My Story

rob photo spasmodic dysphonia

I’m an average Joe from Northeast Ohio, avid Cleveland sports fan (as tough as it can be)…traveler, and working in the real estate/finance industry.

All my life, I’ve had a normal voice and never gave it a second thought. Then, gradually, I noticed my voice slowly deteriorating over several months. At first, I thought it was just a lingering cold or sinus problem. It took me awhile to actually realize something more serious might be wrong. I would guess the problem started sometime around August or September of 2011. I can’t pinpoint it because it was very gradual.

The frequency and severity of the problem increased over the next 2 months. I took a trip with some friends in November 2011 and recall having to repeat myself several times during the 3-hour car ride, because my voice was not projecting loud enough to overcome the highway noises. (at this point, there was still no “choppiness” or “halting” sound to my voice, it was just weaker).

I decided to make an appointment to visit my family doctor for advice.  He prescribed Allegra D, thinking it may be allergies but he didn’t sound confident that this was the problem.  After a week of taking the Allegra D, I went back for a follow-up appointment and there was no change in my voice.  He recommended that I go to an Ear, Nose and Throat (ENT) specialist where they could look down my throat to identify potential problems.

Hearing this, I immediately thought, “no way do I want something down my throat!”  But I needed to find out what the problem was, so I had no choice. So the appointment was made for early December 2011; during my first visit, I thought I was just going to be set up for an “appointment” to get my throat checked.  To my surprise, the nurse told me the doctor would want to look down my throat TODAY!  I was not prepared for that – but thought, “well, let’s get this over with.”  So she shot some numbing spray into my nostrils, down into my throat went the numbing solution and I sat and waited…

The ENT doctor came into the room about 5 minutes later and pulled out his handy scope.  He inserted it into my right nostril, down my throat and had me make various sounds like “heeee” and “ahhh” and he had me cough and clear my throat.  He was checking to see how my vocal cords reacted, and whether there were any visible problems.  The only thing he noticed was a slight redness, which he said could be from acid reflux coming back up my esophagus.

He prescribed Protonix to see if that solved the problem.  I knew in the back of my mind that this was not the problem, since I have never had any symptoms of heartburn or acid reflux in my life.  I’ve never taken antacids.  But I went along with it, as I wanted to play by the book.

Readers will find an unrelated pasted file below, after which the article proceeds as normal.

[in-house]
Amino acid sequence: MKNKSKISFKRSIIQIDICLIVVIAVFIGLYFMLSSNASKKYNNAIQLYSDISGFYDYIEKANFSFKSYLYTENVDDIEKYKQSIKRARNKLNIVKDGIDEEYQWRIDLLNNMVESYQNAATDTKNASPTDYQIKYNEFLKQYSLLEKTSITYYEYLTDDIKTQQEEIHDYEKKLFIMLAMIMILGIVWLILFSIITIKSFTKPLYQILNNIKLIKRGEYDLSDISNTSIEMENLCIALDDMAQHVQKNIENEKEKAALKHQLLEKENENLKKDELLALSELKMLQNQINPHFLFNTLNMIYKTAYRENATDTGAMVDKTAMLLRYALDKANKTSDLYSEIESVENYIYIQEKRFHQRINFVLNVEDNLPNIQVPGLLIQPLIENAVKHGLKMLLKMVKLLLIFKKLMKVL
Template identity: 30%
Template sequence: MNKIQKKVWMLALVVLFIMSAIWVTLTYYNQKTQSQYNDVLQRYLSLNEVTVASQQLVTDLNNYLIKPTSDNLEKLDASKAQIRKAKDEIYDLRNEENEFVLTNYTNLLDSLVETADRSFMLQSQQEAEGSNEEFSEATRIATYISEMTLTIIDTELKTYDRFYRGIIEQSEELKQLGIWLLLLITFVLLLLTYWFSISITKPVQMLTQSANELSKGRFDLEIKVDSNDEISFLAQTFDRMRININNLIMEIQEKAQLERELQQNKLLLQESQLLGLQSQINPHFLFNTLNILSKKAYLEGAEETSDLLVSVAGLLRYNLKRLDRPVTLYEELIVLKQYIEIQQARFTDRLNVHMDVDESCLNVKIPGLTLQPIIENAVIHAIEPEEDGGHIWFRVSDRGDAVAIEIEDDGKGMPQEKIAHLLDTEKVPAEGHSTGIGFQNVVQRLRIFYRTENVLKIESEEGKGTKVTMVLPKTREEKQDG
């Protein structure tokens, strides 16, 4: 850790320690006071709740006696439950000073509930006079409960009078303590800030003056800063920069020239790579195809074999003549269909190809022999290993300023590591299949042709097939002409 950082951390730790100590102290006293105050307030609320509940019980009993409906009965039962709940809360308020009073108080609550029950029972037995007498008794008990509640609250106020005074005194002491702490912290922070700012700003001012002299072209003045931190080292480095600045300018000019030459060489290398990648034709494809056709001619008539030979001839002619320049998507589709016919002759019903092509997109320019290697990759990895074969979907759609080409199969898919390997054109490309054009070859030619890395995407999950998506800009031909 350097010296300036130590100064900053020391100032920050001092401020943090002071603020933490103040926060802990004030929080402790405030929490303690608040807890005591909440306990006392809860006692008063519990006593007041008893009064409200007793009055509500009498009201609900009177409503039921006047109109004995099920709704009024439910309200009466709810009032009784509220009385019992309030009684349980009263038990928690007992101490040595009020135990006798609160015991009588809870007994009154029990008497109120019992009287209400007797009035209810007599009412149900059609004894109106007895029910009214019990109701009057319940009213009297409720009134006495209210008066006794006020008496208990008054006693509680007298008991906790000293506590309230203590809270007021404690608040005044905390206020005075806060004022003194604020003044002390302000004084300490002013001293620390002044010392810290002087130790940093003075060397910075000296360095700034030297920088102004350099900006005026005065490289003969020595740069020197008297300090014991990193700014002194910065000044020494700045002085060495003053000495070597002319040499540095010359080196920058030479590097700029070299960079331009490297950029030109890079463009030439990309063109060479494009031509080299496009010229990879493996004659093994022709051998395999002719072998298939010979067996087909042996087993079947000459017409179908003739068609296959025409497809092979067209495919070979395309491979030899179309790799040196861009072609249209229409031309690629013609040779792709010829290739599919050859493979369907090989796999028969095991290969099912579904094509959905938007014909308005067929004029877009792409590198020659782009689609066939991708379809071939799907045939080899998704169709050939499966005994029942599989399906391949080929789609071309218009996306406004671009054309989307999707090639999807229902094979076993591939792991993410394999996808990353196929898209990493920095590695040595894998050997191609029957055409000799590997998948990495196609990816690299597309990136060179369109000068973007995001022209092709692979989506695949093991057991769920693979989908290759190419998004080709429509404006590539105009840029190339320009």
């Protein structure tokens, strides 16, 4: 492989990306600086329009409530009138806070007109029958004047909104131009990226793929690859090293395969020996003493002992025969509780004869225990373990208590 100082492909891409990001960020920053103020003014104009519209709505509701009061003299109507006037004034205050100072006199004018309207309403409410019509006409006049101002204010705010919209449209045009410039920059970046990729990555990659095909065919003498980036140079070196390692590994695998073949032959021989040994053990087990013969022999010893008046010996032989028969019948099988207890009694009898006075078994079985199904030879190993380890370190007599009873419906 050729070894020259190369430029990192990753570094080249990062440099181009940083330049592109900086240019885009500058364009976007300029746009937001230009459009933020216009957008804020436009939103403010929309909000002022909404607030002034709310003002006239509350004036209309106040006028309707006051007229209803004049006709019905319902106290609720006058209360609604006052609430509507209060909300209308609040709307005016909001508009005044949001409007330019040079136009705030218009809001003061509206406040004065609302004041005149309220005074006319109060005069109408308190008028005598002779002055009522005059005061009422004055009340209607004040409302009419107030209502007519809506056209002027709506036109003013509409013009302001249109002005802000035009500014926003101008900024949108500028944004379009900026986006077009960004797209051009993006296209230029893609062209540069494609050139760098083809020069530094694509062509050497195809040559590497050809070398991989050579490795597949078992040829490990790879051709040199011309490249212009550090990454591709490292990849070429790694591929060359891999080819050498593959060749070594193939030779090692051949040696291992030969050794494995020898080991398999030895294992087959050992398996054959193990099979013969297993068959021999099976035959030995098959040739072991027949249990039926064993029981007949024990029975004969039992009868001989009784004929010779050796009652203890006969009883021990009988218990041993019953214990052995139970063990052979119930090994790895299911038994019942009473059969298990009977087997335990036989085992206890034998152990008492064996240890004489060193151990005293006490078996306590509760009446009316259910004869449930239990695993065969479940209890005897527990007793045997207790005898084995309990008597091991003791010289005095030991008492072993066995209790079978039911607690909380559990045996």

Several weeks later, around Christmas time, my voice worsened a little bit.  My family noticed, my co-workers were noticing, and it was becoming harder and harder to keep it hidden.  I recall a phone conversation with a vendor at work, where the vendor asked me whether I had a cold.  I just told him, “yes” because I didn’t want to go into the specifics of what I was experiencing.

A New Year’s trip to Myrtle Beach was met with trepidation:  there was an 11-hour car ride to Myrtle Beach, along with the 11-hour car ride back.  My wife and I were going with 2 friends and I wondered:  how is that car ride going to go?  Am I going to be able to speak loudly enough to have a conversation? 

And what about the actual week in Myrtle Beach?  How would my voice react throughout the week?  These questions left me with a lot of anxiety at a time when I should have been relaxed and enjoying my vacation.

I decided that I needed a follow-up visit to my ENT doctor sooner rather than later.  The originally-scheduled appointment was in late January, and I was not happy with the results of the Protonix (acid reflux medication) so I called the ENT doctor to request a faster appointment.  Ironically, I got the answering machine at the ENT’s office, at a time when my voice was particularly bad and I had to leave a message requesting a new appointment with a very shaky voice.

“Good,” I thought, “Maybe they will hear my voice and get me in sooner.”  As it turned out, they did call back and set the appointment for January 3, 2012.  This was just after I returned from Myrtle Beach so it was perfect for me.  (By the way, my 11 hours to and from? It went “ok” – for much of the time, the others were asleep or listening to ipods/playing on their phones so I didn’t actually have to “converse” as long as I thought).